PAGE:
A Review of Born to Run
Born to Run; Slices of Truth and Piles of Salt
by Ross Z
I was standing in line with two long-term acquaintances waiting to get into a political debate recently. Several people had mentioned the book Born to Run to me in the past several weeks. Greg, an avid cyclist, started describing the book. To my surprise, he started recounting events that I had been a part of. He then described claims regarding human evolution and running that I’ve been thinking about for decades. Later that night, I pulled the book down to my iPad and started reading.
As circumstances would have it, I soon learned that Micah True, a key figure described in the book, was giving a talk at my favorite running gear store in a week or so. So I buckled down and read and assessed. My assessment of the book is based on four criteria. Was it entertaining, was it accurate, was it fair, and does it serve a useful purpose? It is supposed to be nonfiction, after all. In a “guilty pleasures” way it was entertaining. It has serious inaccuracies, omissions, and possible misrepresentations, mixed with some good information. It was most definitely not fair to people with whom I’m personally acquainted. It may serve a very useful purpose if it gets more people to run and to run further. Greg commented that it made him want to get out and run, but since he’s already a good athlete, that’s no overall gain for our pathologically sedentary population. The “barefoot running” theme is very strange and badly oversimplifies a complex issue. I’m speaking as someone who has 3 pairs of Vibram 5-Fingers and uses them on rugged, rocky trails. The evolutionary biology portion relayed the fascinating idea that the distance running itself, combined with the intelligence to anticipate the prey’s actions, was our ancestors’ unique hunting technique.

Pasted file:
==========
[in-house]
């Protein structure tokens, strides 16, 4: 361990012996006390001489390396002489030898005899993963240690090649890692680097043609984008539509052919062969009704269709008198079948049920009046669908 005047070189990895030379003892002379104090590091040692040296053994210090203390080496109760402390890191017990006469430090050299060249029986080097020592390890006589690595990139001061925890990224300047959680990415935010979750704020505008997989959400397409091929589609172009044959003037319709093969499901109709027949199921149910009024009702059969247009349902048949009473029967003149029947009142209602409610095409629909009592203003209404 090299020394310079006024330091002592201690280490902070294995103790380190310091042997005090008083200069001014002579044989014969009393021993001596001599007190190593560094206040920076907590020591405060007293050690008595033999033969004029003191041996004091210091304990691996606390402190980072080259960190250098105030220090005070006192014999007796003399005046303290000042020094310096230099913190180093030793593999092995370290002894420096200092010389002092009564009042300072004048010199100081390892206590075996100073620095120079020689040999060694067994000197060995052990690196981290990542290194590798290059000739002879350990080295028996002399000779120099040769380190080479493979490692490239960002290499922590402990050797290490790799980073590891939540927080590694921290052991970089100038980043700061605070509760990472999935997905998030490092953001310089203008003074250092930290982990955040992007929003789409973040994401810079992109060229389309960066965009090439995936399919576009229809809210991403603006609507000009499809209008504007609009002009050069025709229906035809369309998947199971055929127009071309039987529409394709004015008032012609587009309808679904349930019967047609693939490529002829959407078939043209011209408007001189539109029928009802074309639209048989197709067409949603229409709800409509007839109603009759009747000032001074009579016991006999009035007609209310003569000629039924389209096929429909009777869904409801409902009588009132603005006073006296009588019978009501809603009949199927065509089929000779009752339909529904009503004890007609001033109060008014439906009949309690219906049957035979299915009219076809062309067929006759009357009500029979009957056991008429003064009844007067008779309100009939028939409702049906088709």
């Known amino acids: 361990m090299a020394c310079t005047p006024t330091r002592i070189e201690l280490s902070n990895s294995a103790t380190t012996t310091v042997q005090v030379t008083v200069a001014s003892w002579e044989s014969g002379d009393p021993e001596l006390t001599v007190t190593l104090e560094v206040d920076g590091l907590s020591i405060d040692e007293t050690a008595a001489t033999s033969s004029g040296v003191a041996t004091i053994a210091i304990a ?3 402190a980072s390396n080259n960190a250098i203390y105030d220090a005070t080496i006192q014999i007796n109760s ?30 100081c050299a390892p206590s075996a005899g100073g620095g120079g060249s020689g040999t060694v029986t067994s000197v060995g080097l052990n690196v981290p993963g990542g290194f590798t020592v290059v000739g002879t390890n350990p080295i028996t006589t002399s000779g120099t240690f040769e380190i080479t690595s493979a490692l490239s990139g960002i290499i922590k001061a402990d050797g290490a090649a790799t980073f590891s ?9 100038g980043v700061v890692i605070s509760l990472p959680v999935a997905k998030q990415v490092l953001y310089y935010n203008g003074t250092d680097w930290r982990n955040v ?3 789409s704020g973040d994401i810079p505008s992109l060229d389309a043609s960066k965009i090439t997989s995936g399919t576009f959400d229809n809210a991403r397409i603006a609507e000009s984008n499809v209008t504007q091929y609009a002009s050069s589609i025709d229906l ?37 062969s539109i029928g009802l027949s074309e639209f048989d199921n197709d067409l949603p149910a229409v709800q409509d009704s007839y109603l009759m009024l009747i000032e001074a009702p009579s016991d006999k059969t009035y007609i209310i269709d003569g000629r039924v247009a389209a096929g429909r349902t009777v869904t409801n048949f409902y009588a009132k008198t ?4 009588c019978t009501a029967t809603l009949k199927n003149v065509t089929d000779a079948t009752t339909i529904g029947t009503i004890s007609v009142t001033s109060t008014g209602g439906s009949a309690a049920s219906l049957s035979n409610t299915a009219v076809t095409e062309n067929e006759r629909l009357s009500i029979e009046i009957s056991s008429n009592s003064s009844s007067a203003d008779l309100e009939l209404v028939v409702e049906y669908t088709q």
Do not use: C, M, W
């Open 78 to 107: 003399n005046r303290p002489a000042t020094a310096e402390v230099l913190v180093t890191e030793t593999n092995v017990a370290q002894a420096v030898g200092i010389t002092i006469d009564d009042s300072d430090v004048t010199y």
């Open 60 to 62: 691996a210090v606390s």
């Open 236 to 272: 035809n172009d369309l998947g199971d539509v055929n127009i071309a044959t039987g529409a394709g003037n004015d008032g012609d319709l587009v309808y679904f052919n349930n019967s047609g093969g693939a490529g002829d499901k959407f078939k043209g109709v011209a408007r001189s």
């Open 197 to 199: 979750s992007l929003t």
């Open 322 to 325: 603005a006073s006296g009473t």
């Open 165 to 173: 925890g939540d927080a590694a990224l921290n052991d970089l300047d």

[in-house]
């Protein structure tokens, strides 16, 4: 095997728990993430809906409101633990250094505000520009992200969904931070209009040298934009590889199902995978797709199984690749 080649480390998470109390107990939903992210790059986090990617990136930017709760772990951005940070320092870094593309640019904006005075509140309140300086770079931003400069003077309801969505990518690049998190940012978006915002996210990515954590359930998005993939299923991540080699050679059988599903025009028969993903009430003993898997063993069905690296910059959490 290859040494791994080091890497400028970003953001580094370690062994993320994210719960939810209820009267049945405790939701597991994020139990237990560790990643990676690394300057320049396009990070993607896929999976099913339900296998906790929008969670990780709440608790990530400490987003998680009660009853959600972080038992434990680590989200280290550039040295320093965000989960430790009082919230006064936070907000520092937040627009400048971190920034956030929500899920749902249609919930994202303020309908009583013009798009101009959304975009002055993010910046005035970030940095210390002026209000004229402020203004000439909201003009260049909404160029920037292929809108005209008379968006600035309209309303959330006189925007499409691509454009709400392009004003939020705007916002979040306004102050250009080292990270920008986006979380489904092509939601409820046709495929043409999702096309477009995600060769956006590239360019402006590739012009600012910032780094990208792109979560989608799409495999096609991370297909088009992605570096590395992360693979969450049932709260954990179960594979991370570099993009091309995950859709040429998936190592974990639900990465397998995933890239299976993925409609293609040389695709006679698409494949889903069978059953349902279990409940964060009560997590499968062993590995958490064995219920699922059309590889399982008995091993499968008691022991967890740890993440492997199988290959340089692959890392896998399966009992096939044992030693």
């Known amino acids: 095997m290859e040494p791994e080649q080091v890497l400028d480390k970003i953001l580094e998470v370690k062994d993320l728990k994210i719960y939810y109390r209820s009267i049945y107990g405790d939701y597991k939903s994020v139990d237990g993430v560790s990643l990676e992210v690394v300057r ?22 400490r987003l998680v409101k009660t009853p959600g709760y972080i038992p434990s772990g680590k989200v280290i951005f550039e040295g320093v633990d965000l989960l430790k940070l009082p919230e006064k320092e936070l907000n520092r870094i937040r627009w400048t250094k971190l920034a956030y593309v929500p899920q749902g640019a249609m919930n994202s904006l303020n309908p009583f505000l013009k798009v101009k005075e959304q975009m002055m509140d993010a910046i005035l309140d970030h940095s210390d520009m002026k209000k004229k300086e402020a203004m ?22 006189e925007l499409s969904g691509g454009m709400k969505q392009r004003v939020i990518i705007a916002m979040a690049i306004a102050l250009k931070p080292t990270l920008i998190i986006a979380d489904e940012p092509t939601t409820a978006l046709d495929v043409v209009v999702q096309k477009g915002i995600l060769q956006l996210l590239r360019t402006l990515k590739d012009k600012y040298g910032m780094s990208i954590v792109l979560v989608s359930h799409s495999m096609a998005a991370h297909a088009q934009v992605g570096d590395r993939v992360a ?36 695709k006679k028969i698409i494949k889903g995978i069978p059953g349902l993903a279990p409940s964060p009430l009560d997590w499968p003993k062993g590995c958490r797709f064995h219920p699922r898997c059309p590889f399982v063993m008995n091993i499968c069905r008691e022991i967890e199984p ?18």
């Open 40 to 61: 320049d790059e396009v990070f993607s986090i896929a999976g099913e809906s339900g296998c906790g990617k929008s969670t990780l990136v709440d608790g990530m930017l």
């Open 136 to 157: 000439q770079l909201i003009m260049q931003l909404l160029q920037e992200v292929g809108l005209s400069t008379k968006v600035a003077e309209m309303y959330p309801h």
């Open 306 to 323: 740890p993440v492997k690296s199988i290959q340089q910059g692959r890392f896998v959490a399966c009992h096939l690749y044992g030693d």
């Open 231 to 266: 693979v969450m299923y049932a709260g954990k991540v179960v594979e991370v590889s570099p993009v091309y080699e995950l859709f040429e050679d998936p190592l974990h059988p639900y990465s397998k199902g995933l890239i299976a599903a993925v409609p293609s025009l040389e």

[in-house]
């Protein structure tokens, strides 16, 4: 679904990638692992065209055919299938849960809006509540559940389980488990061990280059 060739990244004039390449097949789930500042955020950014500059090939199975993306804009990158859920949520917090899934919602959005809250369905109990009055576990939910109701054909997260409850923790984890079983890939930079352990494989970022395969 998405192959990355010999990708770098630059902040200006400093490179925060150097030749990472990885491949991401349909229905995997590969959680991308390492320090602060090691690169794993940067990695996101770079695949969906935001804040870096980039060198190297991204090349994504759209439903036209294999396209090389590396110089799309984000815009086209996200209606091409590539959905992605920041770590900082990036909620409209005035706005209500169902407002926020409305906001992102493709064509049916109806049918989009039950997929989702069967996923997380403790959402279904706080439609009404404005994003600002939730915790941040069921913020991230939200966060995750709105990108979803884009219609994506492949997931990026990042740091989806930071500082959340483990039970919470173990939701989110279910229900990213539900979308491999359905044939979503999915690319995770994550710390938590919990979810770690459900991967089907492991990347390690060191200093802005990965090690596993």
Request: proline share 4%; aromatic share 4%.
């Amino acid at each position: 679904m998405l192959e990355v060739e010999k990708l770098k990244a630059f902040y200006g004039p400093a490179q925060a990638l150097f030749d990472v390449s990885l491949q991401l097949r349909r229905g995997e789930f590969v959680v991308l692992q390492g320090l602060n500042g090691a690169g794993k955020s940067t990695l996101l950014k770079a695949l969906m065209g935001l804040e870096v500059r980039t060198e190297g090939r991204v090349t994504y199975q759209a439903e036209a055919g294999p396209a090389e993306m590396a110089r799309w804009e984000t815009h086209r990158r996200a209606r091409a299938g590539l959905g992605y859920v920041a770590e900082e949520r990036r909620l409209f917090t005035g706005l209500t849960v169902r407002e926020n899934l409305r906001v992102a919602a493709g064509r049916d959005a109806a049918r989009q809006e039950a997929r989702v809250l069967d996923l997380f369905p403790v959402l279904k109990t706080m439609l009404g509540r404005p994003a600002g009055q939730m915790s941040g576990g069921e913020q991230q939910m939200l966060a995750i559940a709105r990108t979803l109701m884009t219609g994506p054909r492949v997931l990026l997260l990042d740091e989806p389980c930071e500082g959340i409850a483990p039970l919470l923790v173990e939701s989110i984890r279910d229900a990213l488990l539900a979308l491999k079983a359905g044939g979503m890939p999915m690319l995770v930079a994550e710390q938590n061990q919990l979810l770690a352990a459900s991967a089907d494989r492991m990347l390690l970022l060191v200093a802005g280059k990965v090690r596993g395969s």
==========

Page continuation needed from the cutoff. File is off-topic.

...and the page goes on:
Here’s a short synopsis of Chris McDougall’s story. He’s a magazine writer who has some credentials as a world traveller. He was a novice runner, but at around age 40 was trying to run more. He’s a big guy and was told running wasn’t a great idea. Fortunately, he didn’t listen. He got wind of the Raramuri (Tarahumari), an Indian culture that values running in the Sierra Madre Occidental mountains of Mexico. He went down, found some of the reputed good runners and made the acquaintance of Micah True, aka Caballo Blanco. Micah wanted to put on an “international” ultramarathon in the region that brought out local runners and encouraged runners to come down from the U.S. Micah had become enamored with the Raramuri when he paced a guy in the 1994 Leadville 100. Micah started spending part of the year down in the Sierra Madre, trotting around (literally) getting to know the Raramuri on their own ground. Chris came back up to the U.S., hired a personal trainer, and helped with recruiting several good U.S. ultramarathon runners to go down for a 47 mile event centered around the village of Urique, Chihuahua in 2006. A local guy edged out the fastest U.S. guy. One of the U.S. runners was “Barefoot Ted”, an advocate of “minimalist” i.e. barefoot running. Inter-weaved with the account of Chris’ travels and the flashbacks to the Raramuri participation in U.S. ultramarathons in the mid 1990s are chapters extolling the virtues of minimalist running and of a few biologists’ work making a case for human adaptations to endurance running.